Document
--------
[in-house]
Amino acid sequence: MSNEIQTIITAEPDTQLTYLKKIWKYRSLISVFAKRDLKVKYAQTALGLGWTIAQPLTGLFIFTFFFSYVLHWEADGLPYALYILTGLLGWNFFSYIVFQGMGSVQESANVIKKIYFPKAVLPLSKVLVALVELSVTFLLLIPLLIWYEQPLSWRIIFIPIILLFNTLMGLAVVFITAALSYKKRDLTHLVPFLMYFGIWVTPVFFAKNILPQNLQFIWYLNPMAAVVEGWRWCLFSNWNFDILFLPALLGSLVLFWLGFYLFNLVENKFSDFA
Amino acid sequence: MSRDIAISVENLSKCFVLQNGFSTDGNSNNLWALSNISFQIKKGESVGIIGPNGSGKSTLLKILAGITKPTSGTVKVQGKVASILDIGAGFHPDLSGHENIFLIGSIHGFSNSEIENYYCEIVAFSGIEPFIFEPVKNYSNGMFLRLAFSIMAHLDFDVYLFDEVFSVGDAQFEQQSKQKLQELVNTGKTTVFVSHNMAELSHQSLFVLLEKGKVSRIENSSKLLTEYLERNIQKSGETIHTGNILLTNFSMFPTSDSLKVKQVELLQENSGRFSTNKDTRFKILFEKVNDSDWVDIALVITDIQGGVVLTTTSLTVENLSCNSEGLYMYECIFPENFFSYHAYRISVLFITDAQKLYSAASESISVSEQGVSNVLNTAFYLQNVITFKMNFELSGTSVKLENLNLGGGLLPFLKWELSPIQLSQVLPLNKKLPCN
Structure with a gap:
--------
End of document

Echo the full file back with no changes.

[in-house]
Amino acid sequence: MSNEIQTIITAEPDTQLTYLKKIWKYRSLISVFAKRDLKVKYAQTALGLGWTIAQPLTGLFIFTFFFSYVLHWEADGLPYALYILTGLLGWNFFSYIVFQGMGSVQESANVIKKIYFPKAVLPLSKVLVALVELSVTFLLLIPLLIWYEQPLSWRIIFIPIILLFNTLMGLAVVFITAALSYKKRDLTHLVPFLMYFGIWVTPVFFAKNILPQNLQFIWYLNPMAAVVEGWRWCLFSNWNFDILFLPALLGSLVLFWLGFYLFNLVENKFSDFA
Amino acid sequence: MSRDIAISVENLSKCFVLQNGFSTDGNSNNLWALSNISFQIKKGESVGIIGPNGSGKSTLLKILAGITKPTSGTVKVQGKVASILDIGAGFHPDLSGHENIFLIGSIHGFSNSEIENYYCEIVAFSGIEPFIFEPVKNYSNGMFLRLAFSIMAHLDFDVYLFDEVFSVGDAQFEQQSKQKLQELVNTGKTTVFVSHNMAELSHQSLFVLLEKGKVSRIENSSKLLTEYLERNIQKSGETIHTGNILLTNFSMFPTSDSLKVKQVELLQENSGRFSTNKDTRFKILFEKVNDSDWVDIALVITDIQGGVVLTTTSLTVENLSCNSEGLYMYECIFPENFFSYHAYRISVLFITDAQKLYSAASESISVSEQGVSNVLNTAFYLQNVITFKMNFELSGTSVKLENLNLGGGLLPFLKWELSPIQLSQVLPLNKKLPCN
Structure with a gap: